Our website is made possible by displaying online advertisements to our visitors.
Please consider supporting us by disabling your ad blocker.

Download links will be available after you disable the ad blocker and reload the page.
Showing: 1-10 results of 2165

The inside story of New Zealand's iconic independent record label by the man who made it happen. I wanted to be more than just an observer. I wanted to be a part of what was going on. I had told someone and the word was out, and now I had to actually do this thing. Start a record label. I must have been drunk. Roger Shepherd was working in a Christchurch record shop when he realised the local bands he loved needed someone to make their records. Flying... more...

Nicholas Hawksmoor (1662–1736) is one of English history’s greatest architects, outshone only by Christopher Wren, under whom he served as an apprentice. A major figure in his own time, he was involved in nearly all the grandest architectural projects of his age, and he is best known for his London churches, six of which still stand today.             Hawksmoor wasn’t always... more...

  During America’s participation in World War I, 1917–1918, only a single commander of a division, William M. Wright, is known to have kept a diary. In it, General Wright relates his two-month experience at St. Mihiel and especially the Meuse-Argonne, the largest and most costly battle in American history. In the Meuse-Argonne, the Eighty-ninth Division, made up of 28,000 draftees from Missouri and... more...


The six pioneers profiled here were promising graduates of the Wright Brothers' School of Aviation, which flourished in Ohio from 1910 to 1916. These airmen fairly represent their 113 fellow alumni in their all-consuming love of flying. The pilots are Arthur L. Welsh, a Russian immigrant who rose to become Orville Wright's chief instructor; Howard Warfield Gill, heir to an international tea dynasty; Archibald Freeman, whose flour-bag bombing of Boston... more...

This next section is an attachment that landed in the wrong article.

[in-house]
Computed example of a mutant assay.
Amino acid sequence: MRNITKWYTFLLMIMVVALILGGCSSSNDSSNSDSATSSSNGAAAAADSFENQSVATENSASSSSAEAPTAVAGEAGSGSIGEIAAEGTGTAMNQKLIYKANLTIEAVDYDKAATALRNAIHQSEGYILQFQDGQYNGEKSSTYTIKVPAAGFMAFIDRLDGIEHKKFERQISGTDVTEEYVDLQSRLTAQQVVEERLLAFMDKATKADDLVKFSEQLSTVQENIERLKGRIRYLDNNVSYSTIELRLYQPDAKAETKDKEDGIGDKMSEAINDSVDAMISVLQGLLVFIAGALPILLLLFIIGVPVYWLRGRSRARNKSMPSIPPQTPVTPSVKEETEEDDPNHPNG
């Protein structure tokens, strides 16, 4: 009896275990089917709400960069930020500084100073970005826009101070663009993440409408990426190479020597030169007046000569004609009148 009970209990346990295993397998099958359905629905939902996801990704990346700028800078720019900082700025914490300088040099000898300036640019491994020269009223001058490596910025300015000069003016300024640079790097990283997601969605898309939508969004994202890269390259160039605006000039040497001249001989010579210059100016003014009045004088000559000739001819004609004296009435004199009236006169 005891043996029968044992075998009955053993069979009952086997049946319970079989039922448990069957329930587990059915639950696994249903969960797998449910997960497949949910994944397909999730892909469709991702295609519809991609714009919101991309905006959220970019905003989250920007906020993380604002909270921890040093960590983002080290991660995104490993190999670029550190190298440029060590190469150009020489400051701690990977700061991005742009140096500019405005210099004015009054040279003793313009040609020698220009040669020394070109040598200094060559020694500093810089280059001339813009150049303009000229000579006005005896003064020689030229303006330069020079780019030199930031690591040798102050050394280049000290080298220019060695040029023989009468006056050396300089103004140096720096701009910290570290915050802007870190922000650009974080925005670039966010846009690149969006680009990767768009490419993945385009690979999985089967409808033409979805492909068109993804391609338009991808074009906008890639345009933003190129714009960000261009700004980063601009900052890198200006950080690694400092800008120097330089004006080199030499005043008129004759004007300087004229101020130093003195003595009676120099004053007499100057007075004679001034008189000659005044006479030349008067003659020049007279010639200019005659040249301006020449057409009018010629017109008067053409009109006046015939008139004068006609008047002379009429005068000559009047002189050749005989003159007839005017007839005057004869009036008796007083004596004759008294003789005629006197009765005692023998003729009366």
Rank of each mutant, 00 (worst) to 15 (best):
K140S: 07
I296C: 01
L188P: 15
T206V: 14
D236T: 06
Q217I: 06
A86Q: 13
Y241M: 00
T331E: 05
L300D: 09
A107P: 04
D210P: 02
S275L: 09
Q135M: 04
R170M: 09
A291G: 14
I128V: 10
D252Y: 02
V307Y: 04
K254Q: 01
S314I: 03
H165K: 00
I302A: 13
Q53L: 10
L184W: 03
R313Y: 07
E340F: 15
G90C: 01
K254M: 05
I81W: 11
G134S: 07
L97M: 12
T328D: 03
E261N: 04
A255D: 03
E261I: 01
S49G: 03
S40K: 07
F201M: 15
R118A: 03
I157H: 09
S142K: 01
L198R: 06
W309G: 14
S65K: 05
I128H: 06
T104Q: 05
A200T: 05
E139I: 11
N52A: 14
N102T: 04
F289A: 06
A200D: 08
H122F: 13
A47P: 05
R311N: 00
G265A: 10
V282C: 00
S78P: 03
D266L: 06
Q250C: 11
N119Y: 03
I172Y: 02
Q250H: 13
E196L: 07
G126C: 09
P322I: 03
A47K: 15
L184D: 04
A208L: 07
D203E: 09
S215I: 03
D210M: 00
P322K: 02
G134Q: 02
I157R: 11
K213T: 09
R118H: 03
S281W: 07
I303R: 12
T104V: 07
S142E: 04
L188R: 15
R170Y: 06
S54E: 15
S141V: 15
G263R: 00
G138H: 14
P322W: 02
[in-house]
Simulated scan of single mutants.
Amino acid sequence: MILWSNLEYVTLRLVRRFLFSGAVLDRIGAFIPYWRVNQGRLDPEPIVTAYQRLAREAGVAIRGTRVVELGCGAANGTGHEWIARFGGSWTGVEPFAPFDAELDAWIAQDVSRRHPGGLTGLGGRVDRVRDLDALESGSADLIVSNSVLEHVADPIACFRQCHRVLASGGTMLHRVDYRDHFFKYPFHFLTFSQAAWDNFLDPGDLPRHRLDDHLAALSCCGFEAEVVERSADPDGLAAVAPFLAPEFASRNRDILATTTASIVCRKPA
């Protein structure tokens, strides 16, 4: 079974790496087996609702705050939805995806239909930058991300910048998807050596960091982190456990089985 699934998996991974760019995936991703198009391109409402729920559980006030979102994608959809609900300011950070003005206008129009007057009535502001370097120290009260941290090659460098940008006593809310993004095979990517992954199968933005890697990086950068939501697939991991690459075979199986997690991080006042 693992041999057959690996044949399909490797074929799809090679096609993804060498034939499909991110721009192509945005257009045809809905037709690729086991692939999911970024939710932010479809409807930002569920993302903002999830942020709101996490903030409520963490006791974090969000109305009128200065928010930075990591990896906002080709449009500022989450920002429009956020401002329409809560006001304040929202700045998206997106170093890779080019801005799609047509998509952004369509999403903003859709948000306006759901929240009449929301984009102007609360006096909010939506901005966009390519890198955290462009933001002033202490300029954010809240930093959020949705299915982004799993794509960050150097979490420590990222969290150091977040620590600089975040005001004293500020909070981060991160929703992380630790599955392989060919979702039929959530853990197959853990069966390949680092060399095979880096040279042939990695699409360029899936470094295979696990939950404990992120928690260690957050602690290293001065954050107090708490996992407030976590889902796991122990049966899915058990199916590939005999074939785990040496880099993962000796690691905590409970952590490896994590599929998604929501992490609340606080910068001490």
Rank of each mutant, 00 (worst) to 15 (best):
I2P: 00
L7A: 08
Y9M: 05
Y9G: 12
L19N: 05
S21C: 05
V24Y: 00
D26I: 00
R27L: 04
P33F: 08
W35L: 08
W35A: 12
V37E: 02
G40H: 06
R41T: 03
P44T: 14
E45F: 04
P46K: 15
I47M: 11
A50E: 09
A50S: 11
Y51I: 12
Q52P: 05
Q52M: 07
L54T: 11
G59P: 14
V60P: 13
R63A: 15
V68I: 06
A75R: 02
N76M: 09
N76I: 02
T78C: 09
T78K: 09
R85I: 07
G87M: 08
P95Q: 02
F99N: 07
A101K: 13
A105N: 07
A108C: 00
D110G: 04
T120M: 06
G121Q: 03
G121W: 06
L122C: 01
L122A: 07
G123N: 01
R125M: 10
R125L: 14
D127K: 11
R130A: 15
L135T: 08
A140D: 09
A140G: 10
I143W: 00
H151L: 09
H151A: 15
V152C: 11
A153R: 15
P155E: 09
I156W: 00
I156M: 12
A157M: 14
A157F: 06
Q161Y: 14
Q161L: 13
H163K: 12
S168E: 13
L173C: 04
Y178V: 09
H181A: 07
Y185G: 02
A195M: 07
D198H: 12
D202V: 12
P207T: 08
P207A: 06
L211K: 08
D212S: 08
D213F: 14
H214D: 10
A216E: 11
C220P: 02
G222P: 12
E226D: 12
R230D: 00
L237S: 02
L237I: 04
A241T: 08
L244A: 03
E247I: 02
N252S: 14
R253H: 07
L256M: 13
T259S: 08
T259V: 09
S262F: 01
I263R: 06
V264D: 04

U.S.S. Seawolf: Submarine Raider of the Pacific is the famous first-hand account of the legendary U.S. Navy submarine Seawolf a.k.a. the Wolf which patrolled the Pacific during the conflict with Japan in World War 2. Shoving off the day of Pearl Harbor, Chief Radioman J. (Joseph) M. (Melvin) Eckberg gives the reader a tense and detailed account of his initial 24-month stint aboard the Seawolf and beyond.

The first Emperor of Rome holds a perennial fascination for anyone with an interest in the Romans and their Empire. Augustus was a truly remarkable man who brought peace after many years of civil wars and laid the foundations of an Empire that lasted for nearly five centuries. Even today the Roman world still underpins modern society. This revised edition of Augustus incorporates new thinking on many aspects of his rule, and how he... more...

In August 1939, curators at the Louvre nestled the world's most famous painting into a special red velvet-lined case and spirited her away to the Loire Valley. So began the biggest evacuation of art and antiquities in history. As the Germans neared Paris in 1940, the French raced to move the masterpieces still further south, then again and again during the war, crisscrossing the southwest of France. Throughout the German occupation, the... more...

This collection of literature attempts to compile many of the classic works that have stood the test of time and offer them at a reduced, affordable price, in an attractive volume so that everyone can enjoy them.